Tuesday, February 13, 2007

Crowd Sourcing Project

It was just another day on the job. As a Project Manager I pick up a project, find resources, get the thing going, deliver on time and within budget and end of deal. Seemed to be true for this project.

However, it turned out to be a success (wow, how's that for a change?). The project received national media attention, was mentioned in the weblog of the parting Dutch Minister of Finance and suddenly became a Crowd Sourcing showcase. For those who're new to this, here's the Wikinition:

"Crowdsourcing" is a neologism for a business model that depends on work being done outside the traditional company walls: while outsourcing is typically performed by lower paid professionals, crowdsourcing relies on a combination of volunteers and low-paid amateurs who use their spare time to create content, solve problems, or even do corporate R&D. The term was coined by Wired magazine writer Jeff Howe and editor Mark Robinson in June 2006.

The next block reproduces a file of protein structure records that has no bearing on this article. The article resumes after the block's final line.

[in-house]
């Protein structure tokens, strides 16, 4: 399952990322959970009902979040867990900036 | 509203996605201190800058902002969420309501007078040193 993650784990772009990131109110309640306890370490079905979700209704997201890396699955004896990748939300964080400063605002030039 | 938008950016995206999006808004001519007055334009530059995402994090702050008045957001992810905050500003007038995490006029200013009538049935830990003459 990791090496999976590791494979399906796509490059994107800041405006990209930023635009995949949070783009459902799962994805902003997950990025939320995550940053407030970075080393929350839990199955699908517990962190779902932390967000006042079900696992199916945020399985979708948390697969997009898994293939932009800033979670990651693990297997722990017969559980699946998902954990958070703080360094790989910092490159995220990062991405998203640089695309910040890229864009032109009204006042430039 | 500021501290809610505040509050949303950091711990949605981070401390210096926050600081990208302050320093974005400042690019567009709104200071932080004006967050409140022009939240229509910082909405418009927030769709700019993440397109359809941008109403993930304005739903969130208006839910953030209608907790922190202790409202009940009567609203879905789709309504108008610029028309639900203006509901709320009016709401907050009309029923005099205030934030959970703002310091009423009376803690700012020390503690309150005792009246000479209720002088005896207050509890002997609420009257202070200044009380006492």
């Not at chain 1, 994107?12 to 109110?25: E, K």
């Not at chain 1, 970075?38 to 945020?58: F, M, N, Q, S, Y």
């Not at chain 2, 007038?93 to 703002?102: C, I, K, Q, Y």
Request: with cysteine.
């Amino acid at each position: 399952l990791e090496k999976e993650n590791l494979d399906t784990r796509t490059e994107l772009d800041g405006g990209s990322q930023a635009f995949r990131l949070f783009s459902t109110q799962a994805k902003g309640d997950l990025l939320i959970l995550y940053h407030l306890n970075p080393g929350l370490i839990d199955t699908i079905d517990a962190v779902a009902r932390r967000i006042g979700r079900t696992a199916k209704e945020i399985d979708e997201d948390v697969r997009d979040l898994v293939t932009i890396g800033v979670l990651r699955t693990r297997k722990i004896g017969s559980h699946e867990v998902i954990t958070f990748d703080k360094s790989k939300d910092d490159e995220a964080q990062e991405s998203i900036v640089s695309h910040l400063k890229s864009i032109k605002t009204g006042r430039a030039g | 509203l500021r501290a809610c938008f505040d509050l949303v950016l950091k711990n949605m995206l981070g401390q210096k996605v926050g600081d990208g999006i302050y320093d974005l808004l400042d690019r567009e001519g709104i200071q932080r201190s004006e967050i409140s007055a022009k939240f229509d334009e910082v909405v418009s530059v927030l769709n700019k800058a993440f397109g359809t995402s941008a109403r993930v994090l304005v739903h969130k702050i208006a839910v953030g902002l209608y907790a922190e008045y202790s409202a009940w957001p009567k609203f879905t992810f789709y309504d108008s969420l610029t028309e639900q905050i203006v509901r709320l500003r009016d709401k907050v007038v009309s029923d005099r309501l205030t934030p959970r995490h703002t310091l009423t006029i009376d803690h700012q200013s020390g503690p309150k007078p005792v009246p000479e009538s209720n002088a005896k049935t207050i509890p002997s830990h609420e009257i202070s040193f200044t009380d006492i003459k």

Now, what's the big fuzz?
Crowd Sourcing is big business for companies. Let's start simple. A large company changes name and starts a contest for a new slogan and the winner receives a luxurious Holiday in Spain. That's a good deal for the winner, yet a better deal for the company since it saves thousands of euro's otherwise spent on expensive Marketing & Advertising companies.

In short, Crowd Sourcing is a money saver. It allows businesses to gain expert opinion free of charge (or at extremely low charge, a nice incentive).

Additional Resources:

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